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Japan: Let Them Defend Themselves
Unlike nearly everyone in Japan and the rest of Asia, Americans want Japan to spend more on its military, thinking that will equalize economic competition. It won't

by James Fallows

AMERICA'S biggest delusion about Japan is that the "free ride" on defense that we give Japan is the key to the two countries' problems. If we can only make the Japanese pay for their own protection, many Americans feel, our economic difficulties will work themselves out.

Last fall, before he was nominated as Secretary of Defense, John Tower told a Japanese interviewer what he later said during his confirmation hearings: that Japan should change its Constitution if that's what it would take to start spending more on defense. In its past session the U.S. Congress passed a resolution demanding that Japan spend three percent of its gross national product on defense, as opposed to the roughly one percent it spends now (and to the seven percent the United States spends). "Our European partners spend about three percent," an aide to Representative Duncan Hunter, of California, who sponsored the resolution, said early this year. "It's entirely reasonable to expect Japan to do the same." Last year Representative Patricia Schroeder, of Colorado, recommended a "defense protection fee" on all Japanese imports, to make the connection between our protection and their prosperity as bluntly explicit as it can be: for each car the Japanese bring into America, they would have to cover some of the cost of the American ships and planes that guard Japan. Otherwise, why should the United States, with its huge deficits, keep paying to protect a country whose surpluses pile up by the day?
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Behind these proposals, and the broader public grumbling about Japan's "free ride," is the idea that America's economy has been hobbled by defense spending, so in all fairness Japan's should be hobbled too. Or, to put it more pleasantly, that Japan should take up some of America's burden, so that the two economies can compete on a fairer and more equal basis. However it may be phrased, the essential idea is that Japan has been imposing on our good will for just about long enough. Who won the war, anyway? If the Japanese don t back off from their aggressive trading practices, we will have to teach them a lesson by withdrawing some of the military protection we magnanimously provide.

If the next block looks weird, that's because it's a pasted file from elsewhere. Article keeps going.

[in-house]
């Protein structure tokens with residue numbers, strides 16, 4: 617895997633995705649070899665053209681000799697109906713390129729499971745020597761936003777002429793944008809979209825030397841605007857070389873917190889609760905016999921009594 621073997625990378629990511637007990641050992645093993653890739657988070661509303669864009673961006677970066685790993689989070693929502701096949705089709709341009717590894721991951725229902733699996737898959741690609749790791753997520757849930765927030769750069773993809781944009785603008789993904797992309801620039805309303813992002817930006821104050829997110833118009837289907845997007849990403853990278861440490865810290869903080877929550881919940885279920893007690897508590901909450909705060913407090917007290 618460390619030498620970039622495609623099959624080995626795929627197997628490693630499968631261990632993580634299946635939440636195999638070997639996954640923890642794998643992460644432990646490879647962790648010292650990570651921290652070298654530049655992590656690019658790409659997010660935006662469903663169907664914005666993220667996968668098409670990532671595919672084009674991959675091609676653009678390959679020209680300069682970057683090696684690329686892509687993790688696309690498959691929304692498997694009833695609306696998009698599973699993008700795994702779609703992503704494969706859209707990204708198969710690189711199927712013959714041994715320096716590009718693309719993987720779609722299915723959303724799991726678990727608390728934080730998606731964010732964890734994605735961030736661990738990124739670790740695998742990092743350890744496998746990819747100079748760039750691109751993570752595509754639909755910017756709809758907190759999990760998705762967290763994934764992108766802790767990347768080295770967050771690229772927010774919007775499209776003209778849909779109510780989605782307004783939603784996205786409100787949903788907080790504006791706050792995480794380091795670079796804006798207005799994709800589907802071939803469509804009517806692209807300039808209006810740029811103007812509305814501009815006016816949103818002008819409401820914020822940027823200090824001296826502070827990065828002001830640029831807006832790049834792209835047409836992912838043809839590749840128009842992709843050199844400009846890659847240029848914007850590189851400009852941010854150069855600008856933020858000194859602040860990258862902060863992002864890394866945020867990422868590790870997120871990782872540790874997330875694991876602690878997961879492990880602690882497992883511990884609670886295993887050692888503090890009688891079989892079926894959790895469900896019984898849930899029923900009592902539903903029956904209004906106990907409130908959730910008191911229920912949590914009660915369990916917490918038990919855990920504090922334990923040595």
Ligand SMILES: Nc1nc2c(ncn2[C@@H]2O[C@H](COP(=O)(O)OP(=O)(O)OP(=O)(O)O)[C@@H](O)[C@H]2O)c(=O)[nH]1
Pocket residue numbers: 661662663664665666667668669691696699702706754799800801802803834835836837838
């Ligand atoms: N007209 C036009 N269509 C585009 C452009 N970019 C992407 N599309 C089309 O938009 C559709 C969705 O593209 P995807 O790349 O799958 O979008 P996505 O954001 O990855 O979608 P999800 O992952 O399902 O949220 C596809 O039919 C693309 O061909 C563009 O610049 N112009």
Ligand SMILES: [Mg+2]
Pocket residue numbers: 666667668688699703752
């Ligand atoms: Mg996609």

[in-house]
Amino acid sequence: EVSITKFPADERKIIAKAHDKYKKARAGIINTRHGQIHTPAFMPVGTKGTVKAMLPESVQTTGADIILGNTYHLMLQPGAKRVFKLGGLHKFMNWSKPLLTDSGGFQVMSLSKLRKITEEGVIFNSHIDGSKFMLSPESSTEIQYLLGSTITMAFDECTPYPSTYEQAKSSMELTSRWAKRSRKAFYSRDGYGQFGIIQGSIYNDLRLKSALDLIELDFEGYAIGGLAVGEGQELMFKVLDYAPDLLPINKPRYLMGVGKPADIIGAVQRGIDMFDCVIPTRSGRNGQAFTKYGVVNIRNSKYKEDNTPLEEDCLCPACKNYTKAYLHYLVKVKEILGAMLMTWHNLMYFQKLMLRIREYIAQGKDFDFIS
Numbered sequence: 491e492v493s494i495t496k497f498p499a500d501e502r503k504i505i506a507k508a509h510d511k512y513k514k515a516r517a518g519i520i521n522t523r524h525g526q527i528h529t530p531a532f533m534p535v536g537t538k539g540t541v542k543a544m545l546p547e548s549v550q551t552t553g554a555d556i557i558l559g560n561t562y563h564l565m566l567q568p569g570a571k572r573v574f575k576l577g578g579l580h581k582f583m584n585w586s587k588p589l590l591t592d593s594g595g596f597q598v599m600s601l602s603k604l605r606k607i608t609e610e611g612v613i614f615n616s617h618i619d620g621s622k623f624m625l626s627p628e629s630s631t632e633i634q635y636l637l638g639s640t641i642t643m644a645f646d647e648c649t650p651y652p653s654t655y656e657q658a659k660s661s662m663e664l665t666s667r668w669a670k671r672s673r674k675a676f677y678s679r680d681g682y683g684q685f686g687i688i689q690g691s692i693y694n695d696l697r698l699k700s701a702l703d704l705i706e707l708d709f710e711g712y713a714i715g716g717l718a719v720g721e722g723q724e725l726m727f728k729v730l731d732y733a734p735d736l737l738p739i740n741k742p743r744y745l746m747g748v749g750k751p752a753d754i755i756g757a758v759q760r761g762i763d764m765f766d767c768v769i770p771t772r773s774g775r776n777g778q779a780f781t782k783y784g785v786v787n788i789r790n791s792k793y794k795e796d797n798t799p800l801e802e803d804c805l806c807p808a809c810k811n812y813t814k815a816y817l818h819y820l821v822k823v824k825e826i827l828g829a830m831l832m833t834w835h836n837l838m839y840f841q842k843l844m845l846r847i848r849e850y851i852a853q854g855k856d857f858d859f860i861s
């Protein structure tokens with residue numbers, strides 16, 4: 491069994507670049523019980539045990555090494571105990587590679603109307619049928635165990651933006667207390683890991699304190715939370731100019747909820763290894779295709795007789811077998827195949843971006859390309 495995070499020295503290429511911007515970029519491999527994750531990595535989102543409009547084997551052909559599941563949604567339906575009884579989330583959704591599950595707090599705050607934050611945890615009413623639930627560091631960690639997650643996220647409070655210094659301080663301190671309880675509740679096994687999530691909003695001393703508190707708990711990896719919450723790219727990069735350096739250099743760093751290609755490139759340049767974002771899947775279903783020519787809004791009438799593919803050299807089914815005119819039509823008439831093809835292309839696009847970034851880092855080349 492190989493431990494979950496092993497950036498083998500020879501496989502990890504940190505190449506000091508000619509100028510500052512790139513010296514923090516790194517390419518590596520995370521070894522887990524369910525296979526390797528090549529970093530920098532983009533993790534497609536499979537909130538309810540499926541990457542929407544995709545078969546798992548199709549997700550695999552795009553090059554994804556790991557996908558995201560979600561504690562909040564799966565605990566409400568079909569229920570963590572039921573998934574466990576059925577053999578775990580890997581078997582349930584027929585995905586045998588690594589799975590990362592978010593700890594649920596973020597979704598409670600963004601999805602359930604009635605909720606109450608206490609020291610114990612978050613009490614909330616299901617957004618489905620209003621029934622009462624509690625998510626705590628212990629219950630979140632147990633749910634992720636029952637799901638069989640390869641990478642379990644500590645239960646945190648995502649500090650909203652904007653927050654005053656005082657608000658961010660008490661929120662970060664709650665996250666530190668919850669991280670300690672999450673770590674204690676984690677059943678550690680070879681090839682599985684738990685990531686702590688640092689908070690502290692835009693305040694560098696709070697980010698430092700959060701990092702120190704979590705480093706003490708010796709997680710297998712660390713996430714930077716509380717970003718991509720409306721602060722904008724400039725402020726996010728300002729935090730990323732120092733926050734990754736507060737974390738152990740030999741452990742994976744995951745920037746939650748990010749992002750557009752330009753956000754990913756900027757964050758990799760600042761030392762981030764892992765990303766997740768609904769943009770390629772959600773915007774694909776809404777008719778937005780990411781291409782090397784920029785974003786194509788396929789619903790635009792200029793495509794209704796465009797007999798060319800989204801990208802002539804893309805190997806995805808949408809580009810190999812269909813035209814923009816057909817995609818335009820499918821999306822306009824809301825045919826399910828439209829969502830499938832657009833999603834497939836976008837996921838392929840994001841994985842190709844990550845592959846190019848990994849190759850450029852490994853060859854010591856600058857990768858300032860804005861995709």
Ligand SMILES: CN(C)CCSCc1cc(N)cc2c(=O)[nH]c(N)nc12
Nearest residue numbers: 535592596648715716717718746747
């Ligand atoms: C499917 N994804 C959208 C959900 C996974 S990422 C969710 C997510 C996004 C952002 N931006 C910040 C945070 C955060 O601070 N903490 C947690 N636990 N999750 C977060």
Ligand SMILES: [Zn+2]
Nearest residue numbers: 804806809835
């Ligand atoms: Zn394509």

I think this concept has things exactly the wrong way around. The military relationship between Japan and America, "free ride" and all, is much better for each party than any alternative I've heard suggested so far. The division of labor is complicated and obviously unequal -- even if Japan is paying more and more of the cost of defending its own home territory, it has nothing like America's worldwide military costs. Still, it sounds easier to correct the imbalance, by "making" Japan pay its way, than it turns out to be when you look at the details. We can do ourselves a favor if we concentrate on our real disagreements with Japan, about trade policy, and forget about the "free ride."

Before getting into the details, let's step back to consider how much damage the defense imbalance does, and how the United States got itself in this bind. Of course the difference between the Japanese and American defense budgets is enormous, and is a significant economic problem for the United States. Some Japanese officials have recently been trying to convince people that the imbalance is not as large as it seems. After all, they point out, Japan is now overtaking Britain and has the third-largest military budget in the world, which sounds about right for a country with the world's second-largest economy. "Third-largest," however, is completely misleading, because it reflects little more than the enormous increase in the value of the yen. In 1985 Japan's defense budget was the eighth largest in the world, comparable to those of such questionable powers as Italy and Poland. Since then the budget as measured in yen has gone up steadily but modestly, in pace with the Japanese economy as a whole -- from about 3.1 trillion yen in 1985 to about 3.7 trillion in 1988. As measured in dollars, however, the budget zoomed upward by more than 200 percent in those same three years. Because international budget comparisons are still made in dollars, it's the exchange rate, rather than a real defense buildup, that has propelled Japan toward the top of the charts. Even at these inflated dollar-yen rates, Japan's defense spending is about one tenth of America's, roughly $30 billion a year versus roughly $300 billion. If we use NATO's system of measuring defense budgets, which includes (as Japan's does not) military pensions and other costs in the total, Japan's spending comes to about 1.7 percent of its GNP. This is still much less than that of any major Western country. In terms of the burden the country imposes on itself, Japan has at most the twentieth-largest military budget in the world.